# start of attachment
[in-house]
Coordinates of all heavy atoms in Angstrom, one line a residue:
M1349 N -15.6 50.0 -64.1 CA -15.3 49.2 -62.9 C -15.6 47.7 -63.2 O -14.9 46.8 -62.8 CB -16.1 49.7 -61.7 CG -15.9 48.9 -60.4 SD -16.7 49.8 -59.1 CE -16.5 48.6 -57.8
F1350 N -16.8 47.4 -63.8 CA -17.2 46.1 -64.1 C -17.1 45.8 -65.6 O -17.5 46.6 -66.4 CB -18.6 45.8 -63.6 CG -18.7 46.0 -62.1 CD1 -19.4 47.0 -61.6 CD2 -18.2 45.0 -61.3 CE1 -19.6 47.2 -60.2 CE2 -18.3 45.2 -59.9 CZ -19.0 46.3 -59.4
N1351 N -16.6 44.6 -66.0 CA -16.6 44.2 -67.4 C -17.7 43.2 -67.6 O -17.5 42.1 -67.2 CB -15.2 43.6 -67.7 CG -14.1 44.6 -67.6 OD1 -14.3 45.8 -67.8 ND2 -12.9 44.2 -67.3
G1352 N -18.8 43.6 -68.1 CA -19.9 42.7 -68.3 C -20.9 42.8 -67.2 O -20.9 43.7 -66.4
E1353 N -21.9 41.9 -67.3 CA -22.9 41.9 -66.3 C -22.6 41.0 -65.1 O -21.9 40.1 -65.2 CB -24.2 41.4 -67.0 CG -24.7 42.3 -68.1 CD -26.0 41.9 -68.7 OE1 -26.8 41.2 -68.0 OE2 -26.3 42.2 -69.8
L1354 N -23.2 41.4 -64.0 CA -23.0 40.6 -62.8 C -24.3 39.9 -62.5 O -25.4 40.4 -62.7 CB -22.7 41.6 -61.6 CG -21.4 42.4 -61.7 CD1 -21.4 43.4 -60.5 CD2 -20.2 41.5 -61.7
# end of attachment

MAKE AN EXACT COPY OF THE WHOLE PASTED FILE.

[in-house]
Coordinates of all heavy atoms in Angstrom, one line a residue:
M1349 N -15.6 50.0 -64.1 CA -15.3 49.2 -62.9 C -15.6 47.7 -63.2 O -14.9 46.8 -62.8 CB -16.1 49.7 -61.7 CG -15.9 48.9 -60.4 SD -16.7 49.8 -59.1 CE -16.5 48.6 -57.8
F1350 N -16.8 47.4 -63.8 CA -17.2 46.1 -64.1 C -17.1 45.8 -65.6 O -17.5 46.6 -66.4 CB -18.6 45.8 -63.6 CG -18.7 46.0 -62.1 CD1 -19.4 47.0 -61.6 CD2 -18.2 45.0 -61.3 CE1 -19.6 47.2 -60.2 CE2 -18.3 45.2 -59.9 CZ -19.0 46.3 -59.4
N1351 N -16.6 44.6 -66.0 CA -16.6 44.2 -67.4 C -17.7 43.2 -67.6 O -17.5 42.1 -67.2 CB -15.2 43.6 -67.7 CG -14.1 44.6 -67.6 OD1 -14.3 45.8 -67.8 ND2 -12.9 44.2 -67.3
G1352 N -18.8 43.6 -68.1 CA -19.9 42.7 -68.3 C -20.9 42.8 -67.2 O -20.9 43.7 -66.4
E1353 N -21.9 41.9 -67.3 CA -22.9 41.9 -66.3 C -22.6 41.0 -65.1 O -21.9 40.1 -65.2 CB -24.2 41.4 -67.0 CG -24.7 42.3 -68.1 CD -26.0 41.9 -68.7 OE1 -26.8 41.2 -68.0 OE2 -26.3 42.2 -69.8
L1354 N -23.2 41.4 -64.0 CA -23.0 40.6 -62.8 C -24.3 39.9 -62.5 O -25.4 40.4 -62.7 CB -22.7 41.6 -61.6 CG -21.4 42.4 -61.7 CD1 -21.4 43.4 -60.5 CD2 -20.2 41.5 -61.7